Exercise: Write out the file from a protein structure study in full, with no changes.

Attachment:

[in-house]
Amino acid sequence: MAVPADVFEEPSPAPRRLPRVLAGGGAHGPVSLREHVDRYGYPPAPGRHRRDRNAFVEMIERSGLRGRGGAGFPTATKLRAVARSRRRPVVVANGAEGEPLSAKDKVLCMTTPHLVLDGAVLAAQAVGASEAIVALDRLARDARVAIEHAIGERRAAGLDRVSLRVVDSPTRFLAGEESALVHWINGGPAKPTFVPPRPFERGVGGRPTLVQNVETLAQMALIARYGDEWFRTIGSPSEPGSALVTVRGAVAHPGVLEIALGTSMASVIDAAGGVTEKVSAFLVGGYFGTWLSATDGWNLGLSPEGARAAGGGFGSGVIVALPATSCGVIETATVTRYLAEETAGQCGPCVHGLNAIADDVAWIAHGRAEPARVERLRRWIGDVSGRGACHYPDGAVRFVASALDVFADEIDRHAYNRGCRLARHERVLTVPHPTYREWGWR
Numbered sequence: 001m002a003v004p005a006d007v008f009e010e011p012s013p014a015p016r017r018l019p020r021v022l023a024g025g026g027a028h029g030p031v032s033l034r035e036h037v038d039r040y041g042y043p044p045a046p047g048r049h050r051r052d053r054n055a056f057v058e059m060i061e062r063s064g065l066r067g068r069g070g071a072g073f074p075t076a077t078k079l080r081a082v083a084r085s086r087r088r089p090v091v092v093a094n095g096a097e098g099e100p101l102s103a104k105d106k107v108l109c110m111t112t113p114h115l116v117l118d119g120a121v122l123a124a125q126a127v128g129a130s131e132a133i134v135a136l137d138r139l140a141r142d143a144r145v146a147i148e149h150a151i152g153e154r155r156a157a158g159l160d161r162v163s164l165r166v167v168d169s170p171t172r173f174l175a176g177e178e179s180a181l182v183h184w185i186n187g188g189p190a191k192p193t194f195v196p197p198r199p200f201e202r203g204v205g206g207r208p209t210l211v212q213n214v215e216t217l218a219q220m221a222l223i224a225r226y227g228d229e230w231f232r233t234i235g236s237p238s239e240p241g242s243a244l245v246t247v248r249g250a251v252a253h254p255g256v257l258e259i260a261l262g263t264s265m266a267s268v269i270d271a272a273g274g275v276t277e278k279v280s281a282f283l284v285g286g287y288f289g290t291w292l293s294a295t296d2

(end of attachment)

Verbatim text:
[in-house]
Amino acid sequence: MAVPADVFEEPSPAPRRLPRVLAGGGAHGPVSLREHVDRYGYPPAPGRHRRDRNAFVEMIERSGLRGRGGAGFPTATKLRAVARSRRRPVVVANGAEGEPLSAKDKVLCMTTPHLVLDGAVLAAQAVGASEAIVALDRLARDARVAIEHAIGERRAAGLDRVSLRVVDSPTRFLAGEESALVHWINGGPAKPTFVPPRPFERGVGGRPTLVQNVETLAQMALIARYGDEWFRTIGSPSEPGSALVTVRGAVAHPGVLEIALGTSMASVIDAAGGVTEKVSAFLVGGYFGTWLSATDGWNLGLSPEGARAAGGGFGSGVIVALPATSCGVIETATVTRYLAEETAGQCGPCVHGLNAIADDVAWIAHGRAEPARVERLRRWIGDVSGRGACHYPDGAVRFVASALDVFADEIDRHAYNRGCRLARHERVLTVPHPTYREWGWR
Numbered sequence: 001m002a003v004p005a006d007v008f009e010e011p012s013p014a015p016r017r018l019p020r021v022l023a024g025g026g027a028h029g030p031v032s033l034r035e036h037v038d039r040y041g042y043p044p045a046p047g048r049h050r051r052d053r054n055a056f057v058e059m060i061e062r063s064g065l066r067g068r069g070g071a072g073f074p075t076a077t078k079l080r081a082v083a084r085s086r087r088r089p090v091v092v093a094n095g096a097e098g099e100p101l102s103a104k105d106k107v108l109c110m111t112t113p114h115l116v117l118d119g120a121v122l123a124a125q126a127v128g129a130s131e132a133i134v135a136l137d138r139l140a141r142d143a144r145v146a147i148e149h150a151i152g153e154r155r156a157a158g159l160d161r162v163s164l165r166v167v168d169s170p171t172r173f174l175a176g177e178e179s180a181l182v183h184w185i186n187g188g189p190a191k192p193t194f195v196p197p198r199p200f201e202r203g204v205g206g207r208p209t210l211v212q213n214v215e216t217l218a219q220m221a222l223i224a225r226y227g228d229e230w231f232r233t234i235g236s237p238s239e240p241g242s243a244l245v246t247v248r249g250a251v252a253h254p255g256v257l258e259i260a261l262g263t264s265m266a267s268v269i270d271a272a273g274g275v276t277e278k279v280s281a282f283l284v285g286g287y288f289g290t291w292l293s294a295t296d2